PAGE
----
Cyprian Michael Iwene Tansi 'was a small frail man with a blind eye. . . What made him remarkable was the iron strength and tenacity of his will, which was, from his boyhood, directed entirely towards God.'
He spent thirteen years in parish ministry in Nigeria before becoming a Trappist monk in England. His special gift for drawing young men to the priesthood is reflected in the number of priests and bishops - even a cardinal - who have come from the parishes in which he worked. During his fourteen years in the monastery he showed himself humble and prayerful, always cheerful, 'ready to do whatever was asked of him.' Chosen to return to Africa to help introduce the contemplative life, he died before the new community was founded. On 22 March 1998, Blessed Cyprian Tansi was beatified by Pope John Paul II, who said in his homily:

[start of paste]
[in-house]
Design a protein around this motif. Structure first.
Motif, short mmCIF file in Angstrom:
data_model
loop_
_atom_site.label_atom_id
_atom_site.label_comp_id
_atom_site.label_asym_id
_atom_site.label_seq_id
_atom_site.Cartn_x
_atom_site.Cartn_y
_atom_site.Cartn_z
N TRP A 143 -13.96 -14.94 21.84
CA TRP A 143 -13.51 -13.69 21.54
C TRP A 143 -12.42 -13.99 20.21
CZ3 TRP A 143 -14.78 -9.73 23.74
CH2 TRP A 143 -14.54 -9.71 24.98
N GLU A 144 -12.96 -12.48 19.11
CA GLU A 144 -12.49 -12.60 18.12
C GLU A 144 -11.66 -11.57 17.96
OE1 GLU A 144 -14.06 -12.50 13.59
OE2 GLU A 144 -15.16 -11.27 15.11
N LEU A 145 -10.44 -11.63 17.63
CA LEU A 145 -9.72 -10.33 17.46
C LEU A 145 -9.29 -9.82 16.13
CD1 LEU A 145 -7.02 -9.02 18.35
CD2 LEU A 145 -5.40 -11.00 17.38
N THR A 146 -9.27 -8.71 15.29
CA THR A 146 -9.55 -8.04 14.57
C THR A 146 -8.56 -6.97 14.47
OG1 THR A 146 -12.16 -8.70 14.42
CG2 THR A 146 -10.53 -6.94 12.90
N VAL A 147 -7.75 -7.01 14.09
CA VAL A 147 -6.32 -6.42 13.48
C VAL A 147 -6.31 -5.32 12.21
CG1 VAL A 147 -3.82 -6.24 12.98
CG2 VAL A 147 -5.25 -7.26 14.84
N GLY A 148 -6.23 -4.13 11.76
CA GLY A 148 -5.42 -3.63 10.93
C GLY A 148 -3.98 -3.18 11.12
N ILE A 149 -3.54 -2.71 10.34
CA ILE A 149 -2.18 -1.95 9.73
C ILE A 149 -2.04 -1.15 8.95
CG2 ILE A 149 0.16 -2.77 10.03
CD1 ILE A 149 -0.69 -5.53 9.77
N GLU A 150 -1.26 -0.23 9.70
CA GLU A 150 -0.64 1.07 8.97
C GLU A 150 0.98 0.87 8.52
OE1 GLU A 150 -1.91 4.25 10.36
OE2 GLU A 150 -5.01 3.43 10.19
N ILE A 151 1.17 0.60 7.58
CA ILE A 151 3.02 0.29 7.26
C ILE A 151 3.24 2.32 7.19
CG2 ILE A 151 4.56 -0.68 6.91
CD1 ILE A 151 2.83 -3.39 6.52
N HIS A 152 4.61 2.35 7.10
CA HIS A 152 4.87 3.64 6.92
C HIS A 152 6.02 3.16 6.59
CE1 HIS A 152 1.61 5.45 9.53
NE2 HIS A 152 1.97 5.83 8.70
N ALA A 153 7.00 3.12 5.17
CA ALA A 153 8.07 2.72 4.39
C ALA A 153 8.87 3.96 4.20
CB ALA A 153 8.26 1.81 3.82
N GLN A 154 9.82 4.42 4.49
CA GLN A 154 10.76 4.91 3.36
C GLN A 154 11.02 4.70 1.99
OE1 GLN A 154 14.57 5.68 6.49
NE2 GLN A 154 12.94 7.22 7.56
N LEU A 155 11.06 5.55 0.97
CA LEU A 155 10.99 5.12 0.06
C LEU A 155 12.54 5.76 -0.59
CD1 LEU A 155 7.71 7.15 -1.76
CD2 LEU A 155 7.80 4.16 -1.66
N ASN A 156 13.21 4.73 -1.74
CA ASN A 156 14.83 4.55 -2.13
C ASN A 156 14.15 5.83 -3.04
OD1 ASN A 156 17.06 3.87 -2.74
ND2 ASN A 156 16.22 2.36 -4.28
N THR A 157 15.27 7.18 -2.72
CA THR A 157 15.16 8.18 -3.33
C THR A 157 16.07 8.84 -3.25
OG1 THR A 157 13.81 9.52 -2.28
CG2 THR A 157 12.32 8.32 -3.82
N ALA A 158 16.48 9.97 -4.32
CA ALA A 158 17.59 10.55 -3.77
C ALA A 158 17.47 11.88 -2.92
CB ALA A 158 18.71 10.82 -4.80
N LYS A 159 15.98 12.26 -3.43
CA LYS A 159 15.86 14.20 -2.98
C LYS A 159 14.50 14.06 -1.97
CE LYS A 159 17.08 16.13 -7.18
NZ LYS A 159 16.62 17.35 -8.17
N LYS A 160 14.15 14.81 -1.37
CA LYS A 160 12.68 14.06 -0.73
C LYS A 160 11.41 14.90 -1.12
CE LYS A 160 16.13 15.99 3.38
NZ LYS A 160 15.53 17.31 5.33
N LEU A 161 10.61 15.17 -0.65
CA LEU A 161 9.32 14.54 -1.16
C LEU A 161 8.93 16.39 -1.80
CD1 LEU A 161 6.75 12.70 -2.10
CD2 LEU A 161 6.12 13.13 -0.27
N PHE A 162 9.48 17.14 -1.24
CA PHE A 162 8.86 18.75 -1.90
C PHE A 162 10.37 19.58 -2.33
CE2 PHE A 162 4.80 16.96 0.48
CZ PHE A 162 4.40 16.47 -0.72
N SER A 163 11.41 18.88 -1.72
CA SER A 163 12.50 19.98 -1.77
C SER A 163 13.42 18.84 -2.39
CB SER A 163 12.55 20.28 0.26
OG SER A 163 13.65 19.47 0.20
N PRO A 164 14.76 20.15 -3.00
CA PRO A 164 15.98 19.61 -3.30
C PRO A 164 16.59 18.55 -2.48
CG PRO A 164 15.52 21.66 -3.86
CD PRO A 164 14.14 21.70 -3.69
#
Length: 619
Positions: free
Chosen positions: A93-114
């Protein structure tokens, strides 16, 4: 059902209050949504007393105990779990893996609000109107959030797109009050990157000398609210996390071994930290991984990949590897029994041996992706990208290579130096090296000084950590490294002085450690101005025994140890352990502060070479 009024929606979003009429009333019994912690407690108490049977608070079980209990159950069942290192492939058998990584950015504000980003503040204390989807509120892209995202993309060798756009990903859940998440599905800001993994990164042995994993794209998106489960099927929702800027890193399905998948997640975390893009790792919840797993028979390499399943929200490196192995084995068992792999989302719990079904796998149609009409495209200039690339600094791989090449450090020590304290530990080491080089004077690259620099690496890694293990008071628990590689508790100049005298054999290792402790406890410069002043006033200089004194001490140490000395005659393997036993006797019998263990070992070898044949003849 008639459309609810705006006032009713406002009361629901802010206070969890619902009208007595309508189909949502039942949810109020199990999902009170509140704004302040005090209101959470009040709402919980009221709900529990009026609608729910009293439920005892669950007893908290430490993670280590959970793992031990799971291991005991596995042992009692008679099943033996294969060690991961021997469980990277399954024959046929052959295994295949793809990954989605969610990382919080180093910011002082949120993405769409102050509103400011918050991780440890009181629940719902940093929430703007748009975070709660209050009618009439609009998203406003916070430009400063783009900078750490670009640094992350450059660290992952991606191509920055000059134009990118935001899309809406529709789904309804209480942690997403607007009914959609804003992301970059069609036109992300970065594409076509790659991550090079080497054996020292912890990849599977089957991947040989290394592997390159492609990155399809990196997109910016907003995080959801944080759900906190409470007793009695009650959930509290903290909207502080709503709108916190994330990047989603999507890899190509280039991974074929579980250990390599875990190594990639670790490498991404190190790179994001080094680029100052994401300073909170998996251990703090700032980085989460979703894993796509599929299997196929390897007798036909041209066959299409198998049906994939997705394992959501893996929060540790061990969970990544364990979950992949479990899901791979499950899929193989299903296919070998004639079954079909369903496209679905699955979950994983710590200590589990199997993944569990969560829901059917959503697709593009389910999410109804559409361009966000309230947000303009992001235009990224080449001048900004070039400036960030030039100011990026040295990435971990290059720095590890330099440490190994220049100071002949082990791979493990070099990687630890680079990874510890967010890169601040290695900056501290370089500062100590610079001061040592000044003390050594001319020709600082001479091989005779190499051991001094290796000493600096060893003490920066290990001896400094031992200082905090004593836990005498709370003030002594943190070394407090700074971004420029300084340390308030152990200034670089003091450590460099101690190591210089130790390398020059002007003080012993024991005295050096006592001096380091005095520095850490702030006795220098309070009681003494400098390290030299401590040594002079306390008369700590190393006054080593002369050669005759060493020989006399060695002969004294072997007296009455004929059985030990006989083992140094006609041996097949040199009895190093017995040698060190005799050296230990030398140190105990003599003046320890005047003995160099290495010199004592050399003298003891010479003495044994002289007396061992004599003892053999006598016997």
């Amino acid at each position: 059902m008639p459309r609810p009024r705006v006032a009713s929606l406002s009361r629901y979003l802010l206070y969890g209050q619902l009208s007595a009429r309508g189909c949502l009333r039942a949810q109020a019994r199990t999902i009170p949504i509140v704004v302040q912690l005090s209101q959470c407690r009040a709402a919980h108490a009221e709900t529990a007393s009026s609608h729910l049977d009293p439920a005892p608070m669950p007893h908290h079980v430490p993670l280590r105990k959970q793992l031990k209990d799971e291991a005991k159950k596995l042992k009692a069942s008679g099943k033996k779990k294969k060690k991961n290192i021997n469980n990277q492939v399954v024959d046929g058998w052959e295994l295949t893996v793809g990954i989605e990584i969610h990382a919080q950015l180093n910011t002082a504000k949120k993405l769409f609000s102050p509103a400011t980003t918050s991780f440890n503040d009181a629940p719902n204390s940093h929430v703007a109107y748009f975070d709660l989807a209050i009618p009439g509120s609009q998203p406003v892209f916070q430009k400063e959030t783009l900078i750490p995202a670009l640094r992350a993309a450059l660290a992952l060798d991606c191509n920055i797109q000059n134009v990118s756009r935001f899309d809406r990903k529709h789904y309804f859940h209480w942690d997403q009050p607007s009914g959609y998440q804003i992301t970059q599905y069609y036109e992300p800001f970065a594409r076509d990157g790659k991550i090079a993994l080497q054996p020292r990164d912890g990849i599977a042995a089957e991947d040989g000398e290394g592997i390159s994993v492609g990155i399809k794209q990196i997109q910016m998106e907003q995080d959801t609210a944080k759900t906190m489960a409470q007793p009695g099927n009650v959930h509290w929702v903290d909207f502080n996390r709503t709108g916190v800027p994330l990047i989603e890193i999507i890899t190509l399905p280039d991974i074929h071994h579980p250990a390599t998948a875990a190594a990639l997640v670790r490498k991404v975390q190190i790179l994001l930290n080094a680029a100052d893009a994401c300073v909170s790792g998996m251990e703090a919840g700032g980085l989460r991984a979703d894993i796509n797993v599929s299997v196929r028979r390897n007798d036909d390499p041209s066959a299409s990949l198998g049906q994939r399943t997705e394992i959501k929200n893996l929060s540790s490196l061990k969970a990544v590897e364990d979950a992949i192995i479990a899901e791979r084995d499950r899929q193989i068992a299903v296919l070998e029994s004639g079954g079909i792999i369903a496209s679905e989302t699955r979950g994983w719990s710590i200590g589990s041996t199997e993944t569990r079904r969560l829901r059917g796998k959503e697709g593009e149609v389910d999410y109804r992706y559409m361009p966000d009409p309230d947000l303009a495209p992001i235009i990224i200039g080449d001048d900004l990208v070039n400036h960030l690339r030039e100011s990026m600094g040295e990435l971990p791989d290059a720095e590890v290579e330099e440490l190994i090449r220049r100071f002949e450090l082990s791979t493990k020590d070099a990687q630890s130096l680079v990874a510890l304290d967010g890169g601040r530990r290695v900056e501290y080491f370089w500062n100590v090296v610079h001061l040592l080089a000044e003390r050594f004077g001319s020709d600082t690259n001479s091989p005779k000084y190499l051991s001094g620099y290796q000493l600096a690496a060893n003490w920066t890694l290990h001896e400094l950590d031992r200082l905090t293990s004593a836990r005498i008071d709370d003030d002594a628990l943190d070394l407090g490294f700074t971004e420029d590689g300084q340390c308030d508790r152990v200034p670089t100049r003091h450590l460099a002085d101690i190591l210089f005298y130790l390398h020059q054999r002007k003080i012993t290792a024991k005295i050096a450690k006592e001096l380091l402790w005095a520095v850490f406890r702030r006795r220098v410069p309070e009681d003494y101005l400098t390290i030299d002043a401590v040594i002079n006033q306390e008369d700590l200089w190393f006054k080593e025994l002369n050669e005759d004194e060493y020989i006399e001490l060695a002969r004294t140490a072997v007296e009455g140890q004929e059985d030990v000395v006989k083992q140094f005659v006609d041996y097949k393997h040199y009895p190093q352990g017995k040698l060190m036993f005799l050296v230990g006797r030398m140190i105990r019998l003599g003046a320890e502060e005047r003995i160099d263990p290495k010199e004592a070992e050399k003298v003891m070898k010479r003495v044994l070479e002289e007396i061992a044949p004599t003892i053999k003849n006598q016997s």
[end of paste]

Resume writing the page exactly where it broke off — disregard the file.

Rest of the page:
'Father Tansi knew that there is something of the Prodigal Son in every human being . . . He encouraged people to confess their sins and receive God's forgiveness in the Sacrament of Reconciliation. He implored them to forgive one another as God forgives us, and to hand on the gift of reconciliation, making it a reality at every level of Nigerian life. Father Tansi tried to imitate the father in the parable: he was always available for those searching for reconciliation. He spread the joy of restored communion with God.'
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